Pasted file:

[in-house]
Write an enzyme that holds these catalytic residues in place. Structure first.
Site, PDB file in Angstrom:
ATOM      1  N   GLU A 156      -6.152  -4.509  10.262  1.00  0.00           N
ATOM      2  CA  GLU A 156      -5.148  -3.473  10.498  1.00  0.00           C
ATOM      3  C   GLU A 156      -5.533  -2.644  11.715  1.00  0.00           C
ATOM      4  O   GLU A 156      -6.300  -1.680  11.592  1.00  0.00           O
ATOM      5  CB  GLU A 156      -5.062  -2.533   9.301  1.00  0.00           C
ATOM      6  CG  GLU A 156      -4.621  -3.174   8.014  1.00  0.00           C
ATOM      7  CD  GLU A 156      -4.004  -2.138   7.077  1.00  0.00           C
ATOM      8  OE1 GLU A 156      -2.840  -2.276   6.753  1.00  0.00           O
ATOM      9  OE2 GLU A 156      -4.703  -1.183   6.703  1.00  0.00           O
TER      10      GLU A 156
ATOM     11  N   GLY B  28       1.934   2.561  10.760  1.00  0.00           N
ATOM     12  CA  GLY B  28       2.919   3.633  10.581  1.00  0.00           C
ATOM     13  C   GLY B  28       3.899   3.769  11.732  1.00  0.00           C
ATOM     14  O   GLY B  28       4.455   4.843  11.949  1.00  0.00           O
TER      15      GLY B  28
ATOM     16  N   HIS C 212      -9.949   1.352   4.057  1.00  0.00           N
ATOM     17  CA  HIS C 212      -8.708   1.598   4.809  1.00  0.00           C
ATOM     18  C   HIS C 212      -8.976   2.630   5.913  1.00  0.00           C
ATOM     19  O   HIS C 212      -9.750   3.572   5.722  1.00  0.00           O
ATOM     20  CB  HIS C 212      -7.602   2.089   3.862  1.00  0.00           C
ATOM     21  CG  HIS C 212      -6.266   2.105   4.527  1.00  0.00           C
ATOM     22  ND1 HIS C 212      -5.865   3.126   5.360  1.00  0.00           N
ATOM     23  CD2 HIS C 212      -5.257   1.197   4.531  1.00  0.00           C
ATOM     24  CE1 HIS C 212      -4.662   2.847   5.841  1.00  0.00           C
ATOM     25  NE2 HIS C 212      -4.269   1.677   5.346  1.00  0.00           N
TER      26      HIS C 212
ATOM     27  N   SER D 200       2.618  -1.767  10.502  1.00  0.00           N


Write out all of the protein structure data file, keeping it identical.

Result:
[in-house]
Write an enzyme that holds these catalytic residues in place. Structure first.
Site, PDB file in Angstrom:
ATOM      1  N   GLU A 156      -6.152  -4.509  10.262  1.00  0.00           N
ATOM      2  CA  GLU A 156      -5.148  -3.473  10.498  1.00  0.00           C
ATOM      3  C   GLU A 156      -5.533  -2.644  11.715  1.00  0.00           C
ATOM      4  O   GLU A 156      -6.300  -1.680  11.592  1.00  0.00           O
ATOM      5  CB  GLU A 156      -5.062  -2.533   9.301  1.00  0.00           C
ATOM      6  CG  GLU A 156      -4.621  -3.174   8.014  1.00  0.00           C
ATOM      7  CD  GLU A 156      -4.004  -2.138   7.077  1.00  0.00           C
ATOM      8  OE1 GLU A 156      -2.840  -2.276   6.753  1.00  0.00           O
ATOM      9  OE2 GLU A 156      -4.703  -1.183   6.703  1.00  0.00           O
TER      10      GLU A 156
ATOM     11  N   GLY B  28       1.934   2.561  10.760  1.00  0.00           N
ATOM     12  CA  GLY B  28       2.919   3.633  10.581  1.00  0.00           C
ATOM     13  C   GLY B  28       3.899   3.769  11.732  1.00  0.00           C
ATOM     14  O   GLY B  28       4.455   4.843  11.949  1.00  0.00           O
TER      15      GLY B  28
ATOM     16  N   HIS C 212      -9.949   1.352   4.057  1.00  0.00           N
ATOM     17  CA  HIS C 212      -8.708   1.598   4.809  1.00  0.00           C
ATOM     18  C   HIS C 212      -8.976   2.630   5.913  1.00  0.00           C
ATOM     19  O   HIS C 212      -9.750   3.572   5.722  1.00  0.00           O
ATOM     20  CB  HIS C 212      -7.602   2.089   3.862  1.00  0.00           C
ATOM     21  CG  HIS C 212      -6.266   2.105   4.527  1.00  0.00           C
ATOM     22  ND1 HIS C 212      -5.865   3.126   5.360  1.00  0.00           N
ATOM     23  CD2 HIS C 212      -5.257   1.197   4.531  1.00  0.00           C
ATOM     24  CE1 HIS C 212      -4.662   2.847   5.841  1.00  0.00           C
ATOM     25  NE2 HIS C 212      -4.269   1.677   5.346  1.00  0.00           N
TER      26      HIS C 212
ATOM     27  N   SER D 200       2.618  -1.767  10.502  1.00  0.00           N